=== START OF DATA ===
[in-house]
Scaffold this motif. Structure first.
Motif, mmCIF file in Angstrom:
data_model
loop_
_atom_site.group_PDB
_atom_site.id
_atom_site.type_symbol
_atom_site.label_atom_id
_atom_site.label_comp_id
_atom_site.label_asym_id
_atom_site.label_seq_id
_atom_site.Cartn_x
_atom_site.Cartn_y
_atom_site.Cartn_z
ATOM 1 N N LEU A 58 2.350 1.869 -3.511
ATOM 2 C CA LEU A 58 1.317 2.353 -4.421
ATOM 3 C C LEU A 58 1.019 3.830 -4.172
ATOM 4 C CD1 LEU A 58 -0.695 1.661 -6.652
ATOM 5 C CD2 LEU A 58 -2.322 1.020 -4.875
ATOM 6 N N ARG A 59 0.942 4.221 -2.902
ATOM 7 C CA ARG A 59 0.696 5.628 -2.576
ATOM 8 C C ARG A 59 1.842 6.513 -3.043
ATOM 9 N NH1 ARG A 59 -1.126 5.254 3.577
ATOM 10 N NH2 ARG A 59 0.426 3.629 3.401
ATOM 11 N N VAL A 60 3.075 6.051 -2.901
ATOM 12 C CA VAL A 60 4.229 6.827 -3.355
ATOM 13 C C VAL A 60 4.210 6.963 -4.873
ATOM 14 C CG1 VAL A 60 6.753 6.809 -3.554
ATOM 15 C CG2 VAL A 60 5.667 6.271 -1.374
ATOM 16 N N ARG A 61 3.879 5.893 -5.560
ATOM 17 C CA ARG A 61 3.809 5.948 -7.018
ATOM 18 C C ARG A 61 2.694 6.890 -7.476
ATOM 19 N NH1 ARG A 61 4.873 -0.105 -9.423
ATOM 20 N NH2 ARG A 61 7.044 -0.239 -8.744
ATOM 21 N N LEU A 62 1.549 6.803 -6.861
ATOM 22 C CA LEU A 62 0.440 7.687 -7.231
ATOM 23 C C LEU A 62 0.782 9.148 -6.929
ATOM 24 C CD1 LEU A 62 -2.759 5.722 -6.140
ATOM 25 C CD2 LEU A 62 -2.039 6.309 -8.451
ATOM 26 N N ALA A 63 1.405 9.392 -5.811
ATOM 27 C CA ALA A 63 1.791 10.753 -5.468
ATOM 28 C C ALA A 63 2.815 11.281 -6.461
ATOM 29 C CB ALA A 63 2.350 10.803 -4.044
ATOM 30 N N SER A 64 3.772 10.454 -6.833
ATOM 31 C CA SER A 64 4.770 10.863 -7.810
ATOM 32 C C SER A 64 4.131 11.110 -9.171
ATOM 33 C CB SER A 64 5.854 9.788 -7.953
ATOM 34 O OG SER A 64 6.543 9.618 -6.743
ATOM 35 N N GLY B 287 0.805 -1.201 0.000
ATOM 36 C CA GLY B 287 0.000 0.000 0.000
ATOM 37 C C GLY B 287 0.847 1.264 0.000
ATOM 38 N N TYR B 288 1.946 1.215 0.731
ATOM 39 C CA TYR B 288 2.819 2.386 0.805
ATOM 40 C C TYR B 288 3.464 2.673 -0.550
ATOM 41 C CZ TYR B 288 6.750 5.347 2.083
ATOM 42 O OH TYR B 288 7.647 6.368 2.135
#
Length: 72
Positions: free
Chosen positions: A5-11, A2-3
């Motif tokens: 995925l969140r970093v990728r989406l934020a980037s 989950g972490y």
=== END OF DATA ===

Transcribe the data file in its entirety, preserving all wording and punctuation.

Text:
[in-house]
Scaffold this motif. Structure first.
Motif, mmCIF file in Angstrom:
data_model
loop_
_atom_site.group_PDB
_atom_site.id
_atom_site.type_symbol
_atom_site.label_atom_id
_atom_site.label_comp_id
_atom_site.label_asym_id
_atom_site.label_seq_id
_atom_site.Cartn_x
_atom_site.Cartn_y
_atom_site.Cartn_z
ATOM 1 N N LEU A 58 2.350 1.869 -3.511
ATOM 2 C CA LEU A 58 1.317 2.353 -4.421
ATOM 3 C C LEU A 58 1.019 3.830 -4.172
ATOM 4 C CD1 LEU A 58 -0.695 1.661 -6.652
ATOM 5 C CD2 LEU A 58 -2.322 1.020 -4.875
ATOM 6 N N ARG A 59 0.942 4.221 -2.902
ATOM 7 C CA ARG A 59 0.696 5.628 -2.576
ATOM 8 C C ARG A 59 1.842 6.513 -3.043
ATOM 9 N NH1 ARG A 59 -1.126 5.254 3.577
ATOM 10 N NH2 ARG A 59 0.426 3.629 3.401
ATOM 11 N N VAL A 60 3.075 6.051 -2.901
ATOM 12 C CA VAL A 60 4.229 6.827 -3.355
ATOM 13 C C VAL A 60 4.210 6.963 -4.873
ATOM 14 C CG1 VAL A 60 6.753 6.809 -3.554
ATOM 15 C CG2 VAL A 60 5.667 6.271 -1.374
ATOM 16 N N ARG A 61 3.879 5.893 -5.560
ATOM 17 C CA ARG A 61 3.809 5.948 -7.018
ATOM 18 C C ARG A 61 2.694 6.890 -7.476
ATOM 19 N NH1 ARG A 61 4.873 -0.105 -9.423
ATOM 20 N NH2 ARG A 61 7.044 -0.239 -8.744
ATOM 21 N N LEU A 62 1.549 6.803 -6.861
ATOM 22 C CA LEU A 62 0.440 7.687 -7.231
ATOM 23 C C LEU A 62 0.782 9.148 -6.929
ATOM 24 C CD1 LEU A 62 -2.759 5.722 -6.140
ATOM 25 C CD2 LEU A 62 -2.039 6.309 -8.451
ATOM 26 N N ALA A 63 1.405 9.392 -5.811
ATOM 27 C CA ALA A 63 1.791 10.753 -5.468
ATOM 28 C C ALA A 63 2.815 11.281 -6.461
ATOM 29 C CB ALA A 63 2.350 10.803 -4.044
ATOM 30 N N SER A 64 3.772 10.454 -6.833
ATOM 31 C CA SER A 64 4.770 10.863 -7.810
ATOM 32 C C SER A 64 4.131 11.110 -9.171
ATOM 33 C CB SER A 64 5.854 9.788 -7.953
ATOM 34 O OG SER A 64 6.543 9.618 -6.743
ATOM 35 N N GLY B 287 0.805 -1.201 0.000
ATOM 36 C CA GLY B 287 0.000 0.000 0.000
ATOM 37 C C GLY B 287 0.847 1.264 0.000
ATOM 38 N N TYR B 288 1.946 1.215 0.731
ATOM 39 C CA TYR B 288 2.819 2.386 0.805
ATOM 40 C C TYR B 288 3.464 2.673 -0.550
ATOM 41 C CZ TYR B 288 6.750 5.347 2.083
ATOM 42 O OH TYR B 288 7.647 6.368 2.135
#
Length: 72
Positions: free
Chosen positions: A5-11, A2-3
């Motif tokens: 995925l969140r970093v990728r989406l934020a980037s 989950g972490y």